Contemplation, clutter, and systemic racism.

From last week’s discussion of de-cluttering our lives…all of us struggle with some level of clutter in our lives.   Excess is our culture’s middle name.  Too much stuff: furniture, clothes, food, boxes of books, and things we can’t even remember…  And too much information: emails, facebook posts, news feeds, photo albums, calendars, address books, etc.  Even our spiritual life is probably cluttered and disorganized, prone to entropy.   We strive to declutter in theory to make room in our world for the more important things; relationships, quiet time, helping the poor, visiting the sick, addressing injustice, righting wrongs, etc.

Can the Tree of Contemplative Practice help us to organize a response?  Instead of waging war on clutter and failing in despair, can we take positive action to be the change we want to see, despite the clutter?

We have talked about racism off and on since the Ferguson shooting.  With the recent attention to the Selma, AL, in the presidential visit and the movie, it seems appropriate to return.  This time, to the idea of systemic racism.  One of the founders of the Black Lives Matter project, Opal Tometi, said this, “Systemic racism reinvents itself to conform to what is publicly acceptable. We must divest from this system. …As people of faith our affiliations are much deeper.”   If racism creates an environment for injustice and discrimination, can we mount an attack using the powerful branches of our tree?  What would that look like for this group?  For the St. Andrews community?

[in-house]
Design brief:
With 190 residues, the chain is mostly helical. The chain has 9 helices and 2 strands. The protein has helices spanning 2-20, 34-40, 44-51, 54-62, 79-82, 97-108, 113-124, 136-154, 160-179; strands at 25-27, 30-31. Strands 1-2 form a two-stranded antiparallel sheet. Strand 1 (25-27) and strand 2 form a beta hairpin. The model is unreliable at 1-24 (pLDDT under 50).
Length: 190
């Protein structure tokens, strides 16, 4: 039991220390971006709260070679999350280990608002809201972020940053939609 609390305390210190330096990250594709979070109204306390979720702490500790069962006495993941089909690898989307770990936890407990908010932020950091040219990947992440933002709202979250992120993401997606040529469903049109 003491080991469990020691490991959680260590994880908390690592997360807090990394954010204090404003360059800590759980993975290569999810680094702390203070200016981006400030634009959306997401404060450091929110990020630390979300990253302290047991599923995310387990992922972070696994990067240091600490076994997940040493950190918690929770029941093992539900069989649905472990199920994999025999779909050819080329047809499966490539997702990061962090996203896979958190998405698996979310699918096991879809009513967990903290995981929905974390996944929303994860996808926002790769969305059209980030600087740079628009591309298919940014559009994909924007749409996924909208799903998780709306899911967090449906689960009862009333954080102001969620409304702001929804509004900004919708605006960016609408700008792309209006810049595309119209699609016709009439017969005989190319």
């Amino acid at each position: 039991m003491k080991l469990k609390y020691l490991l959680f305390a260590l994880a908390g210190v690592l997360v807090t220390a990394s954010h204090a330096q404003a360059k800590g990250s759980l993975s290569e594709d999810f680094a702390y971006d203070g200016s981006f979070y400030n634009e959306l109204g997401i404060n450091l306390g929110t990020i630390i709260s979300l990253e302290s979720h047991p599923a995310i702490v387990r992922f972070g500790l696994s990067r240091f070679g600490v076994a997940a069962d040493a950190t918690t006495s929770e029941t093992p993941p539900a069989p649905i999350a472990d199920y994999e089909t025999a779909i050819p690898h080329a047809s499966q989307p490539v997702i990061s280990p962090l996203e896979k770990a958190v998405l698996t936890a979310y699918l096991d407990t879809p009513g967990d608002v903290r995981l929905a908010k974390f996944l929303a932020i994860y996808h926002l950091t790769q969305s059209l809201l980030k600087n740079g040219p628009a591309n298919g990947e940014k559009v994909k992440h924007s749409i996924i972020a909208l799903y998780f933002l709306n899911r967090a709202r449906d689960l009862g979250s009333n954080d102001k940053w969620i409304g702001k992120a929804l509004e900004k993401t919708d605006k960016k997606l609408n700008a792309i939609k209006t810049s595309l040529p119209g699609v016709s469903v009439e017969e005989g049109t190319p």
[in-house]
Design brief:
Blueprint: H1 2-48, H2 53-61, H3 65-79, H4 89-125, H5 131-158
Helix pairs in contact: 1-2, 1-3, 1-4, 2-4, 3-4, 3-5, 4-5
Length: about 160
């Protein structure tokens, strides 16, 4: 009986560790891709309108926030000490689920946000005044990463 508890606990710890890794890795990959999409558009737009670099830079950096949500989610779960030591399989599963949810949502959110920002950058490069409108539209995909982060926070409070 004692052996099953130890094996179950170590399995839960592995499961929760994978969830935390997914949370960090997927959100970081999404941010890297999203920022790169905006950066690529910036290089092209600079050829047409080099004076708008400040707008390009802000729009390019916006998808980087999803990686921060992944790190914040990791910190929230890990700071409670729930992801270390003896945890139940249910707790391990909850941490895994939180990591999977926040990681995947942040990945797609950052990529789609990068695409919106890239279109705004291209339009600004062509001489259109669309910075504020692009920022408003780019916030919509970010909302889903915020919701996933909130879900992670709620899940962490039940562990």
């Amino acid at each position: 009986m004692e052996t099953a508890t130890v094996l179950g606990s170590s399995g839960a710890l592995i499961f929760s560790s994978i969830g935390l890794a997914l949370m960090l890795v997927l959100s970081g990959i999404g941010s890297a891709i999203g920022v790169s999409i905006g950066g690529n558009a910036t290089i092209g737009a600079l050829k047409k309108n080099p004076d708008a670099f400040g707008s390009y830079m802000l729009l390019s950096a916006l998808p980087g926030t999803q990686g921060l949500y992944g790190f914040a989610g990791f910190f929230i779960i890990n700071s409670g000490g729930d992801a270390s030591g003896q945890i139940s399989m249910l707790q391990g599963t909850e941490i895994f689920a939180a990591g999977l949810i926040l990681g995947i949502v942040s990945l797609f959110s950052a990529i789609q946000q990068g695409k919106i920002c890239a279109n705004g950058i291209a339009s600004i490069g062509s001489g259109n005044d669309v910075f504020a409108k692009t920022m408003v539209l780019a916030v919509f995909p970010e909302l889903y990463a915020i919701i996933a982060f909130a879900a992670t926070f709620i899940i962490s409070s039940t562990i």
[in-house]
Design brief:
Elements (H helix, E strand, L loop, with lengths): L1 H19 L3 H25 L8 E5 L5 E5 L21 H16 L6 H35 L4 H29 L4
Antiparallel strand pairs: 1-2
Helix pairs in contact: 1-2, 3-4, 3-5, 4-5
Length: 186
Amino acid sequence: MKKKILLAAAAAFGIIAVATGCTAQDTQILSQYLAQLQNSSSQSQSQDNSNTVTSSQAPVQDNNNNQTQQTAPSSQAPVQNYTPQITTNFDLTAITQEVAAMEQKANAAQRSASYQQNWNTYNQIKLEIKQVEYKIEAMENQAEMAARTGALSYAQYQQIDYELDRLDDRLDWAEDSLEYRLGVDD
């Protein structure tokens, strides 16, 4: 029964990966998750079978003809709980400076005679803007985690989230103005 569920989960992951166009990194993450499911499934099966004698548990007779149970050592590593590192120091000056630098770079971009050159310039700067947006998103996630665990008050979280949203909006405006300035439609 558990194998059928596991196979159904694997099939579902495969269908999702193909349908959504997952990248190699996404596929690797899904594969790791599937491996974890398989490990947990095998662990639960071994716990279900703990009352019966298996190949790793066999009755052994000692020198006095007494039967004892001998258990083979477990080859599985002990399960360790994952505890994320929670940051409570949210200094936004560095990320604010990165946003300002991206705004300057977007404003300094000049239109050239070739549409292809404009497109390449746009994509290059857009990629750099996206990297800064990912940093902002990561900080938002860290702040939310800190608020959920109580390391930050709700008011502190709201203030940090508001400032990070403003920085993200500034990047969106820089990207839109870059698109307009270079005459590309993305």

Here’s how a United Church of Christ Church in MA has begun the process.   Note, this is a community of faith proposing positive steps to tackle this issue.  Not by stocking a food pantry, or giving checks to those in need ( although I suspect they do this as well), but by learning, building relationships, examining, and spiritual disciplines from other branches on our tree.    See you tomorrow.   Bring Tuna!

One Church’s anti-racism statement

We are a congregation committed to pro-active anti-racism – seeking with God’s help to be a force for the elimination of racism and white privilege.” – First Congregational Church, Amherst, MA

Statement of Current Perspectives:  We commit ourselves both personally and collectively to helping to eliminate both personal and systemic/institutional racism through such steps as:

  • Learning about race, racism, whiteness, white privilege, and anti-racism
  • Building relationships with people of both similar and different racial backgrounds to our own
  • Examining our institutional practices and changing them, where indicated
  • Public and interpersonal witness for racial justice
  • Healing ourselves and others from the hurts/effects of racism
  • Taking other action as instruments of God’s love and justice, always seeking to be guided by the Spirit…

…all on an ongoing basis.

from a longer statement []
(Adopted by consensus at the First Congregational Church, Amherst UCC Annual Meeting, February 2010.)

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2 Responses to Contemplation, clutter, and systemic racism.

  1. This is a great article on implicit bias, i.e. the racism you may harbor and not even be aware of it.

  2. johndidiego says:

    Good stuff – and timely!

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